Some perform better than others, and some last longer than others. So here are a few things to consider when choosing your strings. This will help in knowing when it’s time to change them based on the string construction.


There are some things you need to consider when it comes to string construction. You see, if you are an aggressive player and use light strings, you will get less play life from them. 

Heavier sets will offer more durability, but not everyone likes to play them. So if you are a heavy strummer but prefer lighter strings, you need to consider this when it’s time to replace them. Otherwise, you might break more of them at inconvenient times.


For Steel strings, there are a few different materials available. Choosing the material for your sound and environment is something to consider.  Stainless steel is available and will help when it comes to rust issues. But they are brighter and snappier.

This might not be a sound you like as a player, but it might help with string life. Especially if your guitar is in a humid or damp environment. Steel strings with a nickel wrap or plating are pretty common. But they may rust sooner, depending on the environment and the amount of sweat they see on a regular basis.


In 1997 the Elixir company introduced what they called coated steel strings. It’s a polymer coating that was designed to keep oil, sweat, and dirt off. This coating does what it is supposed to do, and provides a longer string life.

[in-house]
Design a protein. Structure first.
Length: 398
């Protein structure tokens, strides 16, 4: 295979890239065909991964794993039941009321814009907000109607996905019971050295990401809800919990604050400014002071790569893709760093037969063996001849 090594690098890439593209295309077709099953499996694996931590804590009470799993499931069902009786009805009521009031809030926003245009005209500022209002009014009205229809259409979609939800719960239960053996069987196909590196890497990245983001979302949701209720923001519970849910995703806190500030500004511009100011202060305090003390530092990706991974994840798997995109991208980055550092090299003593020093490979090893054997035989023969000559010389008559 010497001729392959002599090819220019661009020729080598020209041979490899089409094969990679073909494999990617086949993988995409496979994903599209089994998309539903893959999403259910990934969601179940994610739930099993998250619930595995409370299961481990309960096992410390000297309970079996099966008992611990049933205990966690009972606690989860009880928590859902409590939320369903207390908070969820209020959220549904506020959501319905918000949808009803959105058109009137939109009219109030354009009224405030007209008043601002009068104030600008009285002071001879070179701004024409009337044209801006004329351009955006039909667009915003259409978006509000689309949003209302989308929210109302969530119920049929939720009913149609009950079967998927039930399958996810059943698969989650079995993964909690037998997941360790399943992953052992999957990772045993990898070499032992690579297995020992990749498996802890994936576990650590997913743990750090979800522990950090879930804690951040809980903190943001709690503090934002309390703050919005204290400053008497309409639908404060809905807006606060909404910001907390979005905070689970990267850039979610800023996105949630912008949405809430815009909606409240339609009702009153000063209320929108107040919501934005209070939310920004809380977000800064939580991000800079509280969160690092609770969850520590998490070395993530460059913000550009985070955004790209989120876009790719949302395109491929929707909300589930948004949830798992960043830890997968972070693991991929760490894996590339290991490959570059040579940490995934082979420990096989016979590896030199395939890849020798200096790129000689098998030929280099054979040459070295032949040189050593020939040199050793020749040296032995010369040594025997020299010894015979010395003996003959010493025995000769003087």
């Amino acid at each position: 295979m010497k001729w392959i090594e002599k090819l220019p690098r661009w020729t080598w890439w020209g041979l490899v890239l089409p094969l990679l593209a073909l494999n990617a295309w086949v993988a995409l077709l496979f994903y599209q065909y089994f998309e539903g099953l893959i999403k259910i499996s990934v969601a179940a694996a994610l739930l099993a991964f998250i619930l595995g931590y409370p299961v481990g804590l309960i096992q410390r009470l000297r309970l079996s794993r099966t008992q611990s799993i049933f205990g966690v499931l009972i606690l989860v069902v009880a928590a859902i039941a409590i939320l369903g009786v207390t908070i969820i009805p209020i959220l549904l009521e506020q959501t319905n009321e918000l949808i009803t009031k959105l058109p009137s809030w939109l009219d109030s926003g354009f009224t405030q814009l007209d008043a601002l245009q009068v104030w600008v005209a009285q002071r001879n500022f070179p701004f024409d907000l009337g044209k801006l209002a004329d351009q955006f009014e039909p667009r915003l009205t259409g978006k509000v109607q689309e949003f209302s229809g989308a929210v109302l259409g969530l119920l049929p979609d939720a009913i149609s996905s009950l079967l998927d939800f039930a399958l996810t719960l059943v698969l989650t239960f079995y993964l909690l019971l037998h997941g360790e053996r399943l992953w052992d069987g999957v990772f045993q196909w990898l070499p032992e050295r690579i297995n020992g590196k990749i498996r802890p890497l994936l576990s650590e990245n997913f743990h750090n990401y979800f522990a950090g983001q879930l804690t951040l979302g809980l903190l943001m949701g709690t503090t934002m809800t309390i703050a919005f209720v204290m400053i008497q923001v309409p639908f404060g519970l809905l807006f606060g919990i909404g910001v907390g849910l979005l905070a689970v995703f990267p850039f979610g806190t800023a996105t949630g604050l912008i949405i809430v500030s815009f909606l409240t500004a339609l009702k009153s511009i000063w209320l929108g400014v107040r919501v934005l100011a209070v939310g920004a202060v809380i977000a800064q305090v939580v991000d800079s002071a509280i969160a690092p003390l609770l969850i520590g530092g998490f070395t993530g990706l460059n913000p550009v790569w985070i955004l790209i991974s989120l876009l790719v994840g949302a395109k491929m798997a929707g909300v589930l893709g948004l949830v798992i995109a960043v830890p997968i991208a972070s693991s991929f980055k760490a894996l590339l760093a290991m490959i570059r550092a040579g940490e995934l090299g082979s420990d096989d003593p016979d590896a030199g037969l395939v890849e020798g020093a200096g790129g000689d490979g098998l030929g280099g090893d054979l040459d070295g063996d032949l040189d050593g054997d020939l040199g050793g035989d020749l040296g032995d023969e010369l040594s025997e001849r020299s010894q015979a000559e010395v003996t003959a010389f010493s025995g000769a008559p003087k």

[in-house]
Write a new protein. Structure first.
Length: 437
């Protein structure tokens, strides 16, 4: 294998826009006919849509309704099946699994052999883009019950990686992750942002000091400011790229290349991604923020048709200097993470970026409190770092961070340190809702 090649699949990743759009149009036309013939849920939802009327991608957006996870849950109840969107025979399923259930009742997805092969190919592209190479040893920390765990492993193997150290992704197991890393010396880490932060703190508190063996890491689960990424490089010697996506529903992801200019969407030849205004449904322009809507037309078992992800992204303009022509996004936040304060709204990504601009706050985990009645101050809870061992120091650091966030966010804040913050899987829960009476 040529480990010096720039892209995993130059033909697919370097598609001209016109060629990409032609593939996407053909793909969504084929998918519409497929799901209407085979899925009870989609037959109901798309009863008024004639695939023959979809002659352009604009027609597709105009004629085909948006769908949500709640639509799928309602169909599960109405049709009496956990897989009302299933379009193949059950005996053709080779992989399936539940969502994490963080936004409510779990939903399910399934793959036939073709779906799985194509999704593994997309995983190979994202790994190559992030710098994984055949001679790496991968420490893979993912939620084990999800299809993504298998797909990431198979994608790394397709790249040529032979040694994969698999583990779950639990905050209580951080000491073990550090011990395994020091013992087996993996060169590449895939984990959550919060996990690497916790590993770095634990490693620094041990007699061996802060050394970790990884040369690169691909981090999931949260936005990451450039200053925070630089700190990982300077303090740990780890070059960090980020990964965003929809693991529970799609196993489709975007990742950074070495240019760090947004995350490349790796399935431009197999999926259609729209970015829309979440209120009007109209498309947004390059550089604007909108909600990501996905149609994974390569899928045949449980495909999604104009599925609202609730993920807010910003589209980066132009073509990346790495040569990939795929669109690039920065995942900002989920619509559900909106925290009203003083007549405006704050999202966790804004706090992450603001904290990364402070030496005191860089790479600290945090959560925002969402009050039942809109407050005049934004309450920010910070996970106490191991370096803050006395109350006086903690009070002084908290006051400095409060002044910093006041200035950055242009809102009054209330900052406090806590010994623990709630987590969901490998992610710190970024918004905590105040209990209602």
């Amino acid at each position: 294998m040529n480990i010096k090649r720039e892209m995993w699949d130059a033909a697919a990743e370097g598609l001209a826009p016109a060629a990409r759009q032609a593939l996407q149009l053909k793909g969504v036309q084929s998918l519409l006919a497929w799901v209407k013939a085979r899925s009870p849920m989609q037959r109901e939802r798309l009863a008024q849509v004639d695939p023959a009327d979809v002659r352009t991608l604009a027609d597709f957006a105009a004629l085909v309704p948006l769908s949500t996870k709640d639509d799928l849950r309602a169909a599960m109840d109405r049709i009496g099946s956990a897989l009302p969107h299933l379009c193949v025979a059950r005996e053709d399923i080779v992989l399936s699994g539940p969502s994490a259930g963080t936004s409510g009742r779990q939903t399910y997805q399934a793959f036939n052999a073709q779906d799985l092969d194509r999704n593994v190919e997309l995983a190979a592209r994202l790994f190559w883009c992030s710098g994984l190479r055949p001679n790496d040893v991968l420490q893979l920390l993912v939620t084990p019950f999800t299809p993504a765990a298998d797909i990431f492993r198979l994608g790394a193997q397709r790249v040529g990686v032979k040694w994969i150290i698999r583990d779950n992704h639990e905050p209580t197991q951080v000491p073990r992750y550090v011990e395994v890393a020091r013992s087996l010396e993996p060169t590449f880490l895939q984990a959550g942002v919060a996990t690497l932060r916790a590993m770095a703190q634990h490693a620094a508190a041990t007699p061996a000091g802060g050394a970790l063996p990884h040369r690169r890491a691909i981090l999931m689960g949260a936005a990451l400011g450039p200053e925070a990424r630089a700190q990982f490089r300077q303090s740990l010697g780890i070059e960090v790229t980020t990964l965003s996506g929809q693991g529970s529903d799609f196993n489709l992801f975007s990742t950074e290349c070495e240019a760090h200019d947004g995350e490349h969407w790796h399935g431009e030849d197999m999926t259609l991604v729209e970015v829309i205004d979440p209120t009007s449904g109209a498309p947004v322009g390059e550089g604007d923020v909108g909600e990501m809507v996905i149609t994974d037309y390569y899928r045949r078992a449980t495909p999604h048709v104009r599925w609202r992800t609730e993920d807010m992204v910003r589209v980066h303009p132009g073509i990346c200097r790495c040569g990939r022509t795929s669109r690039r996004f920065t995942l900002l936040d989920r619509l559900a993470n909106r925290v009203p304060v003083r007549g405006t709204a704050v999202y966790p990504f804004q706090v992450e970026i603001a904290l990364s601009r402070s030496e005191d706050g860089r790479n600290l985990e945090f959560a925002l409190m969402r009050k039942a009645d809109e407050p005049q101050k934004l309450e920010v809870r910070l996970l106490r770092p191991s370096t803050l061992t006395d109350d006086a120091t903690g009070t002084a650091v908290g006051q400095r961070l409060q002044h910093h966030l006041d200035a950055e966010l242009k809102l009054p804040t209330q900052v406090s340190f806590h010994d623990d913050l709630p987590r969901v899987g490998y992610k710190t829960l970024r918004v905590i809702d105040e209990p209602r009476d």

However, some players complain that there is a loss of brightness and sustain as a result of the coating. We haven’t found that to be the case, and love these strings! They are excellent in both sound and longevity. These are a great choice for any player, but even better for those who sweat a lot or live in a humid environment.

Extending Guitar String Life

Once you get your strings to the point that you like, you can extend their life with simple tasks. Most guitar players overlook these things, but they can make a big difference. And if you can extend their life, you can enjoy their sound longer.

So we suggest that you add these tasks to your guitar practice routine at the very least.

Wash Your Hands

Washing your hands before you play is a great way to keep dirt and oils from building up on the strings. Your fingers will transfer a great deal of grime, which eventually dulls them. This is an easy way to extend their life span.

Some players say that the oil helps their fingers glide on the strings, so they prefer not to wash them. This may be your preference as well, and that is fine. But consider that your finger calluses do most of that heavy lifting, and not the oil from your fingers.

Clean Your Strings After You Play

This next task is quite simple to do.